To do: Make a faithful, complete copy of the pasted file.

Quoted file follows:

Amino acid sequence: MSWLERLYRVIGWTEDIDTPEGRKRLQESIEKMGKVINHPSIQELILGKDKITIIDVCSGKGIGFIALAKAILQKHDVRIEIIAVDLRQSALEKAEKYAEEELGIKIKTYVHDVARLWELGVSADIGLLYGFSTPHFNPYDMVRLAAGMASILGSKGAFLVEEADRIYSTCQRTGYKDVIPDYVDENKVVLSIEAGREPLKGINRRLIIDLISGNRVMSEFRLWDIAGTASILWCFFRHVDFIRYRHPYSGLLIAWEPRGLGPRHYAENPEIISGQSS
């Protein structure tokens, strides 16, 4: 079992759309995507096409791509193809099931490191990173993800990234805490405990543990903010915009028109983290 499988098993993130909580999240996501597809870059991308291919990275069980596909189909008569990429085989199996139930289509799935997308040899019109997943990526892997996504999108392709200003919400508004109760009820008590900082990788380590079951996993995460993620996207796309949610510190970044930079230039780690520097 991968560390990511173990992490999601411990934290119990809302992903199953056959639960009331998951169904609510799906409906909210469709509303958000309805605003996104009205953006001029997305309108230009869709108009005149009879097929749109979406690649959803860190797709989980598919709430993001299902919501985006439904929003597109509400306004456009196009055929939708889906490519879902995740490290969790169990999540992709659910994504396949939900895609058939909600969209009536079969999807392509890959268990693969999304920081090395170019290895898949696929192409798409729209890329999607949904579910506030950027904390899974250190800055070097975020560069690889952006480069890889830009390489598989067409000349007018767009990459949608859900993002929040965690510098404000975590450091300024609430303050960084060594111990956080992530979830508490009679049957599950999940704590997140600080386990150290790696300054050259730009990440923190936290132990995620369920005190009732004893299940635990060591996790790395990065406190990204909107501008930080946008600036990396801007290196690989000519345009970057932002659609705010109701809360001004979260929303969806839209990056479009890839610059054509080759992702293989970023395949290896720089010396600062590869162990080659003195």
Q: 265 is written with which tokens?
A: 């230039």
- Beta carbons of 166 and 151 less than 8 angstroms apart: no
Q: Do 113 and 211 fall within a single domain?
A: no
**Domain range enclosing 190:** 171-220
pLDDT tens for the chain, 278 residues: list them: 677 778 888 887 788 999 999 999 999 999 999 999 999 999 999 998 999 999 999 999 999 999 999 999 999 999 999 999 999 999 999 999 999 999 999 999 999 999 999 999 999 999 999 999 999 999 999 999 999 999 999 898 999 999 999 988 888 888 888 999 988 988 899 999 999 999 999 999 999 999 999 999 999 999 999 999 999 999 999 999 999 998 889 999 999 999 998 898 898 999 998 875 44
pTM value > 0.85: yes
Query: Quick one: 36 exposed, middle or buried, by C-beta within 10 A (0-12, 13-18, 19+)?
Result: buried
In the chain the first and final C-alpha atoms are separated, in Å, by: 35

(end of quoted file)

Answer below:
Amino acid sequence: MSWLERLYRVIGWTEDIDTPEGRKRLQESIEKMGKVINHPSIQELILGKDKITIIDVCSGKGIGFIALAKAILQKHDVRIEIIAVDLRQSALEKAEKYAEEELGIKIKTYVHDVARLWELGVSADIGLLYGFSTPHFNPYDMVRLAAGMASILGSKGAFLVEEADRIYSTCQRTGYKDVIPDYVDENKVVLSIEAGREPLKGINRRLIIDLISGNRVMSEFRLWDIAGTASILWCFFRHVDFIRYRHPYSGLLIAWEPRGLGPRHYAENPEIISGQSS
């Protein structure tokens, strides 16, 4: 079992759309995507096409791509193809099931490191990173993800990234805490405990543990903010915009028109983290 499988098993993130909580999240996501597809870059991308291919990275069980596909189909008569990429085989199996139930289509799935997308040899019109997943990526892997996504999108392709200003919400508004109760009820008590900082990788380590079951996993995460993620996207796309949610510190970044930079230039780690520097 991968560390990511173990992490999601411990934290119990809302992903199953056959639960009331998951169904609510799906409906909210469709509303958000309805605003996104009205953006001029997305309108230009869709108009005149009879097929749109979406690649959803860190797709989980598919709430993001299902919501985006439904929003597109509400306004456009196009055929939708889906490519879902995740490290969790169990999540992709659910994504396949939900895609058939909600969209009536079969999807392509890959268990693969999304920081090395170019290895898949696929192409798409729209890329999607949904579910506030950027904390899974250190800055070097975020560069690889952006480069890889830009390489598989067409000349007018767009990459949608859900993002929040965690510098404000975590450091300024609430303050960084060594111990956080992530979830508490009679049957599950999940704590997140600080386990150290790696300054050259730009990440923190936290132990995620369920005190009732004893299940635990060591996790790395990065406190990204909107501008930080946008600036990396801007290196690989000519345009970057932002659609705010109701809360001004979260929303969806839209990056479009890839610059054509080759992702293989970023395949290896720089010396600062590869162990080659003195």
Q: 265 is written with which tokens?
A: 């230039």
- Beta carbons of 166 and 151 less than 8 angstroms apart: no
Q: Do 113 and 211 fall within a single domain?
A: no
**Domain range enclosing 190:** 171-220
pLDDT tens for the chain, 278 residues: list them: 677 778 888 887 788 999 999 999 999 999 999 999 999 999 999 998 999 999 999 999 999 999 999 999 999 999 999 999 999 999 999 999 999 999 999 999 999 999 999 999 999 999 999 999 999 999 999 999 999 999 999 898 999 999 999 988 888 888 888 999 988 988 899 999 999 999 999 999 999 999 999 999 999 999 999 999 999 999 999 999 999 998 889 999 999 999 998 898 898 999 998 875 44
pTM value > 0.85: yes
Query: Quick one: 36 exposed, middle or buried, by C-beta within 10 A (0-12, 13-18, 19+)?
Result: buried
In the chain the first and final C-alpha atoms are separated, in Å, by: 35